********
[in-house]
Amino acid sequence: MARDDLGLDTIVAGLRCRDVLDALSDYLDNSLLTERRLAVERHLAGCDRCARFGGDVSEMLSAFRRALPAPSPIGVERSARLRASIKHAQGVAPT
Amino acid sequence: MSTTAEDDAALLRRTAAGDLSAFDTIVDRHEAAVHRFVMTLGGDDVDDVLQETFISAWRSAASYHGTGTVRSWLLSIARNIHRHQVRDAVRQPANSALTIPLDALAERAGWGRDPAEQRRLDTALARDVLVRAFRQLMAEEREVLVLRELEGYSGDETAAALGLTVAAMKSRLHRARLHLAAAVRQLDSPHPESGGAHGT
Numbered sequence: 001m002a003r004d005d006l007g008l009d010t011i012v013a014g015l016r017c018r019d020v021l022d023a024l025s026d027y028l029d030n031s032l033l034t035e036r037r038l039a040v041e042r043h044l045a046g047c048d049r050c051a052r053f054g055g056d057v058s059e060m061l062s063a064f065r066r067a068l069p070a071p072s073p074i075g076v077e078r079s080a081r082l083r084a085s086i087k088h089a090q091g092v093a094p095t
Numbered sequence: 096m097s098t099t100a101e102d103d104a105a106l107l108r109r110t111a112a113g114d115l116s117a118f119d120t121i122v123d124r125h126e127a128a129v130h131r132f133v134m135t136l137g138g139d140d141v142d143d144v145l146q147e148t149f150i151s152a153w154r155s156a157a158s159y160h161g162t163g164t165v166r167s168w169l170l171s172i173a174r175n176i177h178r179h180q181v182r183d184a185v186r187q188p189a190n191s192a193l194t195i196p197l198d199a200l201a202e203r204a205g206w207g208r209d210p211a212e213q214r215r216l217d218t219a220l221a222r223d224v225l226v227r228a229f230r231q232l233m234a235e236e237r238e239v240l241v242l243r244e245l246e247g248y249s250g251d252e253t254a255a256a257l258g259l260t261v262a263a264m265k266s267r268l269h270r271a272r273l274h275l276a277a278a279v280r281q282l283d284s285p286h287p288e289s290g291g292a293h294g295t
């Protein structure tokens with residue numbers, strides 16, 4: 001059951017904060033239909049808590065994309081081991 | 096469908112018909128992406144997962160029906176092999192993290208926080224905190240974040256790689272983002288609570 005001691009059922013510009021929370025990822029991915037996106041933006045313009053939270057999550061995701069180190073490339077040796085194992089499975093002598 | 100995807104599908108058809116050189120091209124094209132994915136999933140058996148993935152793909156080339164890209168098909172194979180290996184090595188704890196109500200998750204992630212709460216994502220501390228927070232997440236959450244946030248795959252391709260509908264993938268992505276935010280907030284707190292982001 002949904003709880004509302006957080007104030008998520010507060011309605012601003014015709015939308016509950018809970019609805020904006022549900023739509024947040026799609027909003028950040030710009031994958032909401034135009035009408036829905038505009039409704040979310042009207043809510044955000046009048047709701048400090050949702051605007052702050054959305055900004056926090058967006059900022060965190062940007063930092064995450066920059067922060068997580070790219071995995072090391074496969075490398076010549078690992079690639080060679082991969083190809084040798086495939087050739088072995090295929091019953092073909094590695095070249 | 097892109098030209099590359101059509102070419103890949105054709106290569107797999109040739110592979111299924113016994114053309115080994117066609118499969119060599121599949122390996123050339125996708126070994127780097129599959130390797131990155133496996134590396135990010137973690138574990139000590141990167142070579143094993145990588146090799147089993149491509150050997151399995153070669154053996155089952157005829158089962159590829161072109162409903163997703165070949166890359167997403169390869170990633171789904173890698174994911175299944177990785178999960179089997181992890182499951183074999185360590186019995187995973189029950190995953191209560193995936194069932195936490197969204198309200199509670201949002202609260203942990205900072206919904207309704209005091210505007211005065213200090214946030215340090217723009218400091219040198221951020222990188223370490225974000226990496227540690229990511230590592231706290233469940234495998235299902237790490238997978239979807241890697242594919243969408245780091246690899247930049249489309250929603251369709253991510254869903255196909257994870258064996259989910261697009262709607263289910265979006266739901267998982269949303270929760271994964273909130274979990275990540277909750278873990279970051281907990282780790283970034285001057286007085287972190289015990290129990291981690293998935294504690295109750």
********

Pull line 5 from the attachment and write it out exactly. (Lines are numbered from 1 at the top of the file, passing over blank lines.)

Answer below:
Numbered sequence: 096m097s098t099t100a101e102d103d104a105a106l107l108r109r110t111a112a113g114d115l116s117a118f119d120t121i122v123d124r125h126e127a128a129v130h131r132f133v134m135t136l137g138g139d140d141v142d143d144v145l146q147e148t149f150i151s152a153w154r155s156a157a158s159y160h161g162t163g164t165v166r167s168w169l170l171s172i173a174r175n176i177h178r179h180q181v182r183d184a185v186r187q188p189a190n191s192a193l194t195i196p197l198d199a200l201a202e203r204a205g206w207g208r209d210p211a212e213q214r215r216l217d218t219a220l221a222r223d224v225l226v227r228a229f230r231q232l233m234a235e236e237r238e239v240l241v242l243r244e245l246e247g248y249s250g251d252e253t254a255a256a257l258g259l260t261v262a263a264m265k266s267r268l269h270r271a272r273l274h275l276a277a278a279v280r281q282l283d284s285p286h287p288e289s290g291g292a293h294g295t